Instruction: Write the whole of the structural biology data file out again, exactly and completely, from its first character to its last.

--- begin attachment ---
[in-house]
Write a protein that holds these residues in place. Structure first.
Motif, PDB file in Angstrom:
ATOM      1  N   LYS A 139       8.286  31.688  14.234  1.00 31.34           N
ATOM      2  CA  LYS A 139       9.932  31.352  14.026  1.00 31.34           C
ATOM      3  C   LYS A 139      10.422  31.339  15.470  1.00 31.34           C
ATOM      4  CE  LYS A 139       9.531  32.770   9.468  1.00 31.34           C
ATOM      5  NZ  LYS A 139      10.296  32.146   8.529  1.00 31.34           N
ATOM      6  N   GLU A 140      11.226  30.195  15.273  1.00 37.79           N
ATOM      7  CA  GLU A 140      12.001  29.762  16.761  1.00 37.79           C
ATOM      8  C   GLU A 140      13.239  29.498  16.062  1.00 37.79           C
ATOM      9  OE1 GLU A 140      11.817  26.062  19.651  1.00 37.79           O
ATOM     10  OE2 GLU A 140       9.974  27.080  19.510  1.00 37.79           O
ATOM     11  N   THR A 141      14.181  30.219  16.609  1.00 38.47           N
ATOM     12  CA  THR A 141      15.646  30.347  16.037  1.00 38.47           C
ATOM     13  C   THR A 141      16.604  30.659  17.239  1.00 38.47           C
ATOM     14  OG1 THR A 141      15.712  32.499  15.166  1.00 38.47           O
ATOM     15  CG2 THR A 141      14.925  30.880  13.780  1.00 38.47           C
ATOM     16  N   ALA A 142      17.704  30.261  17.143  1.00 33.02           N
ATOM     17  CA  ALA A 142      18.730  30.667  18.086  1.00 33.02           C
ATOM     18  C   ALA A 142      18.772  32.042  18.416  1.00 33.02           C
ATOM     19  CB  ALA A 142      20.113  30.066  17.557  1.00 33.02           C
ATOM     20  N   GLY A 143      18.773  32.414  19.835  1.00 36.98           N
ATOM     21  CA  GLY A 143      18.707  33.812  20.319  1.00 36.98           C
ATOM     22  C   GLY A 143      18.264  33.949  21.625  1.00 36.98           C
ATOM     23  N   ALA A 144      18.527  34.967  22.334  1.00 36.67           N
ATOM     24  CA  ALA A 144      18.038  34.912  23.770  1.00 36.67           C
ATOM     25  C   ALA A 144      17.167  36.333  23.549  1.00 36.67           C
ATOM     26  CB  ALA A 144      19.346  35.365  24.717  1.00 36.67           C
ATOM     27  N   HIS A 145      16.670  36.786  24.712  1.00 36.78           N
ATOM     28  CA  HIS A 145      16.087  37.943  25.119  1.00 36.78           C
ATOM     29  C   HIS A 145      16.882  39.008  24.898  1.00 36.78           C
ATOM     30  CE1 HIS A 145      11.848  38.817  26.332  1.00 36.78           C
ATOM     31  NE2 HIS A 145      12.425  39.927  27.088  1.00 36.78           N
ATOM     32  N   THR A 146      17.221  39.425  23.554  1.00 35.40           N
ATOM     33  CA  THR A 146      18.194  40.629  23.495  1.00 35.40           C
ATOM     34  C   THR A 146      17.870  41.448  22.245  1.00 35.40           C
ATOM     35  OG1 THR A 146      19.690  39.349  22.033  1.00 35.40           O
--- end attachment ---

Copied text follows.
[in-house]
Write a protein that holds these residues in place. Structure first.
Motif, PDB file in Angstrom:
ATOM      1  N   LYS A 139       8.286  31.688  14.234  1.00 31.34           N
ATOM      2  CA  LYS A 139       9.932  31.352  14.026  1.00 31.34           C
ATOM      3  C   LYS A 139      10.422  31.339  15.470  1.00 31.34           C
ATOM      4  CE  LYS A 139       9.531  32.770   9.468  1.00 31.34           C
ATOM      5  NZ  LYS A 139      10.296  32.146   8.529  1.00 31.34           N
ATOM      6  N   GLU A 140      11.226  30.195  15.273  1.00 37.79           N
ATOM      7  CA  GLU A 140      12.001  29.762  16.761  1.00 37.79           C
ATOM      8  C   GLU A 140      13.239  29.498  16.062  1.00 37.79           C
ATOM      9  OE1 GLU A 140      11.817  26.062  19.651  1.00 37.79           O
ATOM     10  OE2 GLU A 140       9.974  27.080  19.510  1.00 37.79           O
ATOM     11  N   THR A 141      14.181  30.219  16.609  1.00 38.47           N
ATOM     12  CA  THR A 141      15.646  30.347  16.037  1.00 38.47           C
ATOM     13  C   THR A 141      16.604  30.659  17.239  1.00 38.47           C
ATOM     14  OG1 THR A 141      15.712  32.499  15.166  1.00 38.47           O
ATOM     15  CG2 THR A 141      14.925  30.880  13.780  1.00 38.47           C
ATOM     16  N   ALA A 142      17.704  30.261  17.143  1.00 33.02           N
ATOM     17  CA  ALA A 142      18.730  30.667  18.086  1.00 33.02           C
ATOM     18  C   ALA A 142      18.772  32.042  18.416  1.00 33.02           C
ATOM     19  CB  ALA A 142      20.113  30.066  17.557  1.00 33.02           C
ATOM     20  N   GLY A 143      18.773  32.414  19.835  1.00 36.98           N
ATOM     21  CA  GLY A 143      18.707  33.812  20.319  1.00 36.98           C
ATOM     22  C   GLY A 143      18.264  33.949  21.625  1.00 36.98           C
ATOM     23  N   ALA A 144      18.527  34.967  22.334  1.00 36.67           N
ATOM     24  CA  ALA A 144      18.038  34.912  23.770  1.00 36.67           C
ATOM     25  C   ALA A 144      17.167  36.333  23.549  1.00 36.67           C
ATOM     26  CB  ALA A 144      19.346  35.365  24.717  1.00 36.67           C
ATOM     27  N   HIS A 145      16.670  36.786  24.712  1.00 36.78           N
ATOM     28  CA  HIS A 145      16.087  37.943  25.119  1.00 36.78           C
ATOM     29  C   HIS A 145      16.882  39.008  24.898  1.00 36.78           C
ATOM     30  CE1 HIS A 145      11.848  38.817  26.332  1.00 36.78           C
ATOM     31  NE2 HIS A 145      12.425  39.927  27.088  1.00 36.78           N
ATOM     32  N   THR A 146      17.221  39.425  23.554  1.00 35.40           N
ATOM     33  CA  THR A 146      18.194  40.629  23.495  1.00 35.40           C
ATOM     34  C   THR A 146      17.870  41.448  22.245  1.00 35.40           C
ATOM     35  OG1 THR A 146      19.690  39.349  22.033  1.00 35.40           O